I’m sure someone in branding at Google had a reason for trying to rename the Content Network the Display Network, if only to help us all forget about those awful lists of sites and thousands of impressions where clicks went to die, were unmanageable and never made a cent. Welcome to 2010, where as usual, adCenter is playing catch up and leaving the advertisers in their wake to decipher and untangle the mess that is their “syndicated search partners” and “content” networks. Operating under a guise of the “unified marketplace” this clusterf*&k of a distribution network is a joke.
So here’s the skinny- and how to save yourself a lot of trouble with what the heck is what in your “unified marketplace” account in MSN adCenter.
Starting from the beginning- network preferences are set at the AD GROUP level, not the campaign. (*Tip- You can use the adCenter Desktop tool to copy and paste settings like the ones we’re about to make here. You don’t have to go through every ad group and do this.)
Here are the options:
Here’s what adCenter says they mean:
- Content-only: Distribute only on content pages
- Search-only: Distribute only on search pages
- Hybrid: Distribute ad groups on both search pages and content pages
Content Ads and Search Ads may be syndicated to the same partner sites.
- Search syndication ads are triggered by a keyword search on the partner site and served in a similar fashion as ads on Bing.com. You can reach the partner audience through your existing search campaigns.
Content syndication ads can be triggered in two ways:
- Through keywords that are crawled on a publisher’s page and identified as being highly relevant.
- Through site targeting, which allows you to forgo the use of keywords and instead select and bid on participating publisher sites.
- Keyword and site bids are thrown together into the auction mix to determine the placement of ads on each site.
Please note something here- content AND search ads MAY be syndicated to the same partner sites. This means that some sites are considered both syndicated search and content.
And this is where the trouble starts and here’s what this actually means:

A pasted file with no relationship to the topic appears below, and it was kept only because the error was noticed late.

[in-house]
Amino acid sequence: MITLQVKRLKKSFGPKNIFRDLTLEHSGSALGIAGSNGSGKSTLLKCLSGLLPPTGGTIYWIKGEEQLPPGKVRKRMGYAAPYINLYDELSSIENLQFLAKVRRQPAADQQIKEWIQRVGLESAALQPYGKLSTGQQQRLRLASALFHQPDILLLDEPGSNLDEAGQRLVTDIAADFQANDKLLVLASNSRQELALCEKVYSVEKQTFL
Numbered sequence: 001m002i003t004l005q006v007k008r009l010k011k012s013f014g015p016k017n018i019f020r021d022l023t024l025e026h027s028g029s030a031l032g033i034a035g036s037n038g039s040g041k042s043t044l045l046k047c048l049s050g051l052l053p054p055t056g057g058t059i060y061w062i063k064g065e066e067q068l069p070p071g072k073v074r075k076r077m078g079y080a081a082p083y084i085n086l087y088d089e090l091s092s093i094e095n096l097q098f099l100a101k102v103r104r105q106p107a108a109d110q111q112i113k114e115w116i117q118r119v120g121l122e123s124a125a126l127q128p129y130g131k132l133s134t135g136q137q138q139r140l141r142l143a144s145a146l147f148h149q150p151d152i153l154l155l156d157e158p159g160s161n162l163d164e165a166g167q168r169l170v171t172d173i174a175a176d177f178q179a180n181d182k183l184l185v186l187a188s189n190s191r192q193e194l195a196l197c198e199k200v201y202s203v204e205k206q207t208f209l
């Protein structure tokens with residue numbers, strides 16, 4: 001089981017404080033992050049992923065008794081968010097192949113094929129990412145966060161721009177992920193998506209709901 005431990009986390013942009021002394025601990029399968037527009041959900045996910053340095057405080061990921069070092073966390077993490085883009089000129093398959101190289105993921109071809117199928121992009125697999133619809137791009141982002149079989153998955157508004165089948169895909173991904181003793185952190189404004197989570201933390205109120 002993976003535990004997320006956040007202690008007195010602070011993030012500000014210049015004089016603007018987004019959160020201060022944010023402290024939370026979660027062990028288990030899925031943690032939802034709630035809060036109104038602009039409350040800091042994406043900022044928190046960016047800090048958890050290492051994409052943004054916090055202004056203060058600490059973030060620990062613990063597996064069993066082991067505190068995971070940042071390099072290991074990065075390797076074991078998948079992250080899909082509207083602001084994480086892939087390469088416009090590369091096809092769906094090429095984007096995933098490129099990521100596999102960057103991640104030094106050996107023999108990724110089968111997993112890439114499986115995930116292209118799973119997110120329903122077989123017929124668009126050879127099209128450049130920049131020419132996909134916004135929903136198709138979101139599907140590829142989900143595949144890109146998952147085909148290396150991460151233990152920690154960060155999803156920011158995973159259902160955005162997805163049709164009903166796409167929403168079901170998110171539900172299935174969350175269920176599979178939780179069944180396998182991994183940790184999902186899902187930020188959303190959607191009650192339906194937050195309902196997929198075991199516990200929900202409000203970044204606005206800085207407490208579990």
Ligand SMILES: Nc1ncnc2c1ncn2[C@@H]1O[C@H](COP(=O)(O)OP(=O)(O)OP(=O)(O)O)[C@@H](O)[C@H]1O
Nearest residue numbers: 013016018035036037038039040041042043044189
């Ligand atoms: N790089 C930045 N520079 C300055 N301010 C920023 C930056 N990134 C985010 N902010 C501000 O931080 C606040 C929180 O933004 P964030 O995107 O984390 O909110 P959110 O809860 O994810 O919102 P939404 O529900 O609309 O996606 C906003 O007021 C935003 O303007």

By default the button for “All Bing and Yahoo! search networks and syndicated search partners” is selected. Your ads will show on bing.com, yahoo.com and sites like:
That’s a lot of garbage for an ad group that is supposedly enabled not into the content network and does not sell laptops, eco friendly anything, trips to Costa Rice, lodge homes or sports cars. This also means that- I don’t know about you- but I can’t really tell what the difference between the “Content Network” and “Only Bing and Yahoo! syndicated search partners” is other than you can do managed sites with the content network (meaning you select which sites your ads are showing on.)
What you should do:
Go through all of your ad groups and select “Only Bing and Yahoo! websites” if you want as close to a search only ad group as you can get. Note that while bing.com and yahoo.com are the primary ad serving spaces and while you can’t target one over the other, this option also includes other properties. Sites like: rivals.yahoo.com, mobile.yahoo.com, dir.yahoo.com, finance.yahoo.com, mail.yahoo.com which were listed as *yahoo.com
I got this screenshot a couple of weeks ago and now I can’t replicate it as the reports are lumping everything together as “Bing and Yahoo! Search Properties Only.”
If you want to serve ads on parked pages, specific sites etc; create a new ad group (or campaign) to serve ads to any “syndicated search partners” or the Content network. Run website placement performance reports to see how the Content network is doing and publisher placement performance reports for syndication search partners. However, you can only add excluded sites for the Content network, not the syndicated search.
To help you get started with that, here’s a list of 100+ sites from Search Engine Watch you can exclude right now:
(Unless you’re selling a “bro” or “manzere”- then you might want to keep “manboobsfree.com”)
This unified marketplace is a hazy mess of parked domains, articles sites, search engines that serve nothing by ads as results and once in awhile an actually relevant site with good content. Unfortunately the bulk appears to be about man boobs.